Has Chromatography Finally Unlocked the Aroma of Frankincense?
Nov 28 2016 Read 1120 Times
Christmas is just around the corner, and that means children are getting ready for their nativity plays. The chance to go on stage and make their parents proud of their performance — or cringe at the mistakes they make — all captured on video for all eternity. Priceless.
One of the prime roles in any nativity play are the three wise men delivering their gifts to the baby Jesus. Gold, frankincense and myrrh as every child knows. Everyone knows what gold is — but what about frankincense and myrrh?
Both are resins from trees that have uses as essential oils and can be found in perfumes — as well as medicinal uses. Frankincense is a white resin and comers from a tree of the genus Boswellia, found mainly in the Arabian Peninsula and India. Myrrh is a reddish resin native to northeastern Africa and the Arabian Peninsula. Myrrh comes from a tree of the genus Commiphora.
Frankincense and Myrrh have been used for over 5000 years — for religious and medicinal uses. One of the uses was to hide the smell of human sweat — as people used the resins to make themselves 5smell better before the advent of soap. The smell of frankincense resin has meant that it has been used in perfumes for many years — but just what molecules give it its distinctive odour has remained locked away until now.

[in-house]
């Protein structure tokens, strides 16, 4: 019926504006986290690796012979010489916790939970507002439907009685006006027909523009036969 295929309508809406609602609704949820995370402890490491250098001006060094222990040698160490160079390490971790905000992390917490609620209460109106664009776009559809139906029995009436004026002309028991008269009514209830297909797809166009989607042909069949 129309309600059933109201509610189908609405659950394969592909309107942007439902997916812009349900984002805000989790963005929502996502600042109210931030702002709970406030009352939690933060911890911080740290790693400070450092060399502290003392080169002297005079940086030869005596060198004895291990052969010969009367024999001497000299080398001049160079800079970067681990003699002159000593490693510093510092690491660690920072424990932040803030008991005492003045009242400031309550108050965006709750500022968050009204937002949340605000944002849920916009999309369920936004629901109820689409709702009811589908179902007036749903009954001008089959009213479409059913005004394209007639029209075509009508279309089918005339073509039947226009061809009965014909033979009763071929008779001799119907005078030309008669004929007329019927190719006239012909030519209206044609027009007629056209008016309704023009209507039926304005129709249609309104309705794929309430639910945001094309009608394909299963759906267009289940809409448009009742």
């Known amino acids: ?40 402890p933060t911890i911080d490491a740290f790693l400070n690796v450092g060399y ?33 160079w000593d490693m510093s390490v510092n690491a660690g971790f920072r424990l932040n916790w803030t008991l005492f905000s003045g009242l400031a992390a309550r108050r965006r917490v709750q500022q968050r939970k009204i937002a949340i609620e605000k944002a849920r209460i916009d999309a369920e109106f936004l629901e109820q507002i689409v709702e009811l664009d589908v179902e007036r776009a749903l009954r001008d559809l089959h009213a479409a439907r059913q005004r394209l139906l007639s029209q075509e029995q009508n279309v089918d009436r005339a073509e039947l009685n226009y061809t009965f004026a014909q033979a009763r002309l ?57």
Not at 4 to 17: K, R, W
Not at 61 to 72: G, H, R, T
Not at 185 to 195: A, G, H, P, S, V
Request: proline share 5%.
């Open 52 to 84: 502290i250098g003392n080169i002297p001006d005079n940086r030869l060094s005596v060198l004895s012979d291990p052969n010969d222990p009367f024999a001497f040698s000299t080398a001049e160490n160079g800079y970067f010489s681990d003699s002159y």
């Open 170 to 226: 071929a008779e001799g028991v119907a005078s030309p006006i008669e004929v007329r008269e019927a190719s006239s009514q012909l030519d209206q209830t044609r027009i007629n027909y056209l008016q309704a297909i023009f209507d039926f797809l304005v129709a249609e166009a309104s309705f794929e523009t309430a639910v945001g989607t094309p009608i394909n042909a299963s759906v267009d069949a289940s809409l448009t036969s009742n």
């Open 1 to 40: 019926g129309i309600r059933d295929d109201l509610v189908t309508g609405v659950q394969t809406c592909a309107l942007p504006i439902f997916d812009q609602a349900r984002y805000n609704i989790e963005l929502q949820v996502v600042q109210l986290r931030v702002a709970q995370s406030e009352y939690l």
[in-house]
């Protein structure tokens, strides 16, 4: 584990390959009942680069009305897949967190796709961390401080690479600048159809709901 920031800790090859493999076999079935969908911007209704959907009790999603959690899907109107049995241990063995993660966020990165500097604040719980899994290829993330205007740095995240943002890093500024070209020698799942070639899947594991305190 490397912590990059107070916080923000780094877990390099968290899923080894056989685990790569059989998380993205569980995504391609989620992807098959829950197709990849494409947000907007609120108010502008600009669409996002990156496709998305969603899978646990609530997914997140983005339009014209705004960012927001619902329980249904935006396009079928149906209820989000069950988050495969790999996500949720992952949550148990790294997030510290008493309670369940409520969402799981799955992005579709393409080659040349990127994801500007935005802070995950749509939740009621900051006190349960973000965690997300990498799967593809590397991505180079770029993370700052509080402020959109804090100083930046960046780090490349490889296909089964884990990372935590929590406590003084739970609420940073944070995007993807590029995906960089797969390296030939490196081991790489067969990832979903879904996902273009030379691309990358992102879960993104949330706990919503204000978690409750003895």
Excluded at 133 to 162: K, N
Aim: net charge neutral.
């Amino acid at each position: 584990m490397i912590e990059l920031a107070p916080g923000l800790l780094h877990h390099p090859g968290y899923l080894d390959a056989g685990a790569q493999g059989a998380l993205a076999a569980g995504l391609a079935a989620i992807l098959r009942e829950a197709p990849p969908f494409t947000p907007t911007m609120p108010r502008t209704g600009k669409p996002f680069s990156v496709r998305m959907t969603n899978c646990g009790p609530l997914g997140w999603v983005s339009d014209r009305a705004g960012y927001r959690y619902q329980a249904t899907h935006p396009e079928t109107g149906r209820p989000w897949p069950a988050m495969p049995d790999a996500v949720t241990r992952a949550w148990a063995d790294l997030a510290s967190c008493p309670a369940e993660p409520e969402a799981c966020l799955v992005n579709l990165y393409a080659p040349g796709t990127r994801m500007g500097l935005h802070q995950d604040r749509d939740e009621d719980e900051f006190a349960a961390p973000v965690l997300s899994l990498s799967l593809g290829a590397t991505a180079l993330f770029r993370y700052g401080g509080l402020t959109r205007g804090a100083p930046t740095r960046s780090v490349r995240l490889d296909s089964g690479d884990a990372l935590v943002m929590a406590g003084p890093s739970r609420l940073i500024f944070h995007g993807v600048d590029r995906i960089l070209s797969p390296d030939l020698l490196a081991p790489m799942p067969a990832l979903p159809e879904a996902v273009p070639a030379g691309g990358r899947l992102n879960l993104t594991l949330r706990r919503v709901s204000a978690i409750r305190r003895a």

Unlocking the secret smell
Researchers in France have recently unlocked some of the secrets of frankincense — just in time for the three wise men to deliver some to a school near you. One of the oldest fragrances in the world has had its key odour molecules identified by a team working in France. In a paper published online in Angewandte Chemie International Edition entitled ‘The (+)-cis- and (+)-trans-Olibanic Acids: Key Odorants of Frankincense’ — a team from the Institut de chimie de Nice has managed to isolate and identify two cyclopropyl-derived acids that give frankincense its distinctive churchlike odour.
One of the difficulties in the analysis was the low concentration of odour components in the sample.
The team used three kilos of frankincense essential oil from Somalia, which they distilled and then used extraction techniques to yield about 1 mg of pure odorant sample. The team used chromatographic analysis to separate the sample mixture into individual components. Gas chromatography is regularly used in various types of odour analysis as discussed in the article, Sample Preparation Options for Aroma Analysis.
To characterize and detect the required individual odour compounds they had to turn to the human nose — the only device sensitive enough to be able to detect the odour compounds from the mixture. Once they had been detected, they used nuclear magnetic resonance to determine the molecular structure and hence identify the molecules responsible for frankincense’s distinctive odour.
The discovery will allow perfume makers the chance to make the molecules artificially — allowing primary schools everywhere the chance to experience the smell of a real nativity scene.
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